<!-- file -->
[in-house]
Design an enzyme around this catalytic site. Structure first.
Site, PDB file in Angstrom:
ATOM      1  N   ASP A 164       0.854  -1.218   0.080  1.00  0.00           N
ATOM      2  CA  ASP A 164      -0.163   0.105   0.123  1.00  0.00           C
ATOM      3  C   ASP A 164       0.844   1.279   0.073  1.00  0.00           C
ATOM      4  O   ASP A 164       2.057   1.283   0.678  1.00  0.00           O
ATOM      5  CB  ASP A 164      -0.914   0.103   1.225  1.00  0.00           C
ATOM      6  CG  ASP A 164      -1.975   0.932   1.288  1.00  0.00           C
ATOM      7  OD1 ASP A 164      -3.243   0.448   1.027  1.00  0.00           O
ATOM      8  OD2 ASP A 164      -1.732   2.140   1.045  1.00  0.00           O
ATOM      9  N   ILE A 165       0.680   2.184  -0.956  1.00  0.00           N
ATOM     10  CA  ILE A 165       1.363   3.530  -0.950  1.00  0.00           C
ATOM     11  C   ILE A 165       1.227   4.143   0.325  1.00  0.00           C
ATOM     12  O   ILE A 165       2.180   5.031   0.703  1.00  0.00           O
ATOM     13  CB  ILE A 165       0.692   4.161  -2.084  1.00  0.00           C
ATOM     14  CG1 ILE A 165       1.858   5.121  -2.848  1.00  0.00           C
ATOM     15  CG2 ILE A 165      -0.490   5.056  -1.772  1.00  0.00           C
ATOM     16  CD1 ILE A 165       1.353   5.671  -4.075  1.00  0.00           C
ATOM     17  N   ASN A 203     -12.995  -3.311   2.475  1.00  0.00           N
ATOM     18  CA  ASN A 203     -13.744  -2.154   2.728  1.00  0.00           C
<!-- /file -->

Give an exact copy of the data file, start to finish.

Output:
[in-house]
Design an enzyme around this catalytic site. Structure first.
Site, PDB file in Angstrom:
ATOM      1  N   ASP A 164       0.854  -1.218   0.080  1.00  0.00           N
ATOM      2  CA  ASP A 164      -0.163   0.105   0.123  1.00  0.00           C
ATOM      3  C   ASP A 164       0.844   1.279   0.073  1.00  0.00           C
ATOM      4  O   ASP A 164       2.057   1.283   0.678  1.00  0.00           O
ATOM      5  CB  ASP A 164      -0.914   0.103   1.225  1.00  0.00           C
ATOM      6  CG  ASP A 164      -1.975   0.932   1.288  1.00  0.00           C
ATOM      7  OD1 ASP A 164      -3.243   0.448   1.027  1.00  0.00           O
ATOM      8  OD2 ASP A 164      -1.732   2.140   1.045  1.00  0.00           O
ATOM      9  N   ILE A 165       0.680   2.184  -0.956  1.00  0.00           N
ATOM     10  CA  ILE A 165       1.363   3.530  -0.950  1.00  0.00           C
ATOM     11  C   ILE A 165       1.227   4.143   0.325  1.00  0.00           C
ATOM     12  O   ILE A 165       2.180   5.031   0.703  1.00  0.00           O
ATOM     13  CB  ILE A 165       0.692   4.161  -2.084  1.00  0.00           C
ATOM     14  CG1 ILE A 165       1.858   5.121  -2.848  1.00  0.00           C
ATOM     15  CG2 ILE A 165      -0.490   5.056  -1.772  1.00  0.00           C
ATOM     16  CD1 ILE A 165       1.353   5.671  -4.075  1.00  0.00           C
ATOM     17  N   ASN A 203     -12.995  -3.311   2.475  1.00  0.00           N
ATOM     18  CA  ASN A 203     -13.744  -2.154   2.728  1.00  0.00           C